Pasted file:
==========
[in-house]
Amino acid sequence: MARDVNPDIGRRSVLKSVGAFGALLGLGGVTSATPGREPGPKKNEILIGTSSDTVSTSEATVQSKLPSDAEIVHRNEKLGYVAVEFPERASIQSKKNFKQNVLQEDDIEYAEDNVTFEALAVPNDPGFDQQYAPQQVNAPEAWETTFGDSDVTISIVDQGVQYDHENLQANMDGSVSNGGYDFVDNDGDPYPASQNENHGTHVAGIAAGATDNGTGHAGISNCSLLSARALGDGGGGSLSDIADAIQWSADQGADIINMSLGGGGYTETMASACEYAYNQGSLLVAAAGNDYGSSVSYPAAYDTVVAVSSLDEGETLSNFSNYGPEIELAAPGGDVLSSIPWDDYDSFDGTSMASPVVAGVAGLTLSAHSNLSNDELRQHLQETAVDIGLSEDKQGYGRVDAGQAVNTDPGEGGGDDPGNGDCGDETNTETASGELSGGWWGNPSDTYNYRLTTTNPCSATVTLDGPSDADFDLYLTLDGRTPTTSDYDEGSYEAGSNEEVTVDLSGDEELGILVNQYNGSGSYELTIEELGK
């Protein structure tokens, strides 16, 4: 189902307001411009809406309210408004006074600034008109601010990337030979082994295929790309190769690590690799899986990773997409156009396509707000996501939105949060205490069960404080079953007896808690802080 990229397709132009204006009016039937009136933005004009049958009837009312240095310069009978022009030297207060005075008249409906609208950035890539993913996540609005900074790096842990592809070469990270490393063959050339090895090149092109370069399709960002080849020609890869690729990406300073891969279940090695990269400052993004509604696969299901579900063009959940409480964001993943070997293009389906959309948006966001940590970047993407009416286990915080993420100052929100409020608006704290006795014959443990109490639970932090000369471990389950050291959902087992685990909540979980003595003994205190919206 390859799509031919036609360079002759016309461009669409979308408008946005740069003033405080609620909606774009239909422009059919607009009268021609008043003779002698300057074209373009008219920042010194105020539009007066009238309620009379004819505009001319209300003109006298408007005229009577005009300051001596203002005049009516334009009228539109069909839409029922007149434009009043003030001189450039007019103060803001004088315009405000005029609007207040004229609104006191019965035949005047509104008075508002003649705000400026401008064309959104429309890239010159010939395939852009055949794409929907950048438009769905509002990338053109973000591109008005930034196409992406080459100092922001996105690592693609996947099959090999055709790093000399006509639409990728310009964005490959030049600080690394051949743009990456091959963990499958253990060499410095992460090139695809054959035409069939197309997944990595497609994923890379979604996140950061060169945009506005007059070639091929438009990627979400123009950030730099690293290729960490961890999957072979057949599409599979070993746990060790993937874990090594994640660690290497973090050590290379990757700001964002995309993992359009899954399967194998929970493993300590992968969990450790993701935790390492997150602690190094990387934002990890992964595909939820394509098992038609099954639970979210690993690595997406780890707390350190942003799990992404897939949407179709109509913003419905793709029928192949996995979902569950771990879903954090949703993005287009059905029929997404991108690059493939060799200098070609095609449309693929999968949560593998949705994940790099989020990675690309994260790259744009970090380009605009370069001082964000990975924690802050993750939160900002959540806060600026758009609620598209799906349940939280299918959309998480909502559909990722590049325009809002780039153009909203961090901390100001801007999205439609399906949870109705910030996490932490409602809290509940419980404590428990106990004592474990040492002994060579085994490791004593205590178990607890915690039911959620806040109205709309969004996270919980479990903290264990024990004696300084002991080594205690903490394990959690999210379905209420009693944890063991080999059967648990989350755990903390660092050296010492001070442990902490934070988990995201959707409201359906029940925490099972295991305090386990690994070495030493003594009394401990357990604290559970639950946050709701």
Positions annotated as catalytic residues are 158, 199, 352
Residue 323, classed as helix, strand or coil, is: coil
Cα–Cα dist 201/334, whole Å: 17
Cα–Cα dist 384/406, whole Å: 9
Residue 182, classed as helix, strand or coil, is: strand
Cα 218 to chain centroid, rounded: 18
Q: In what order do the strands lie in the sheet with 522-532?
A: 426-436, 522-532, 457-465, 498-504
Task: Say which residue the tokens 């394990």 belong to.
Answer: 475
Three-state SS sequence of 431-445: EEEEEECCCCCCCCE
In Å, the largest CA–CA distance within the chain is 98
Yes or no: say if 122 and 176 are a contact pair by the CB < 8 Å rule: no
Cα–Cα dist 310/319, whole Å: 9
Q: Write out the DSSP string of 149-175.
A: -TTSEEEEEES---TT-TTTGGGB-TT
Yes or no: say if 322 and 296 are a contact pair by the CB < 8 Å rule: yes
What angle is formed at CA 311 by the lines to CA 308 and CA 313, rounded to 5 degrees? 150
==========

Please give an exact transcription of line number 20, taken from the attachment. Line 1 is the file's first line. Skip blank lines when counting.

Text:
Yes or no: say if 322 and 296 are a contact pair by the CB < 8 Å rule: yes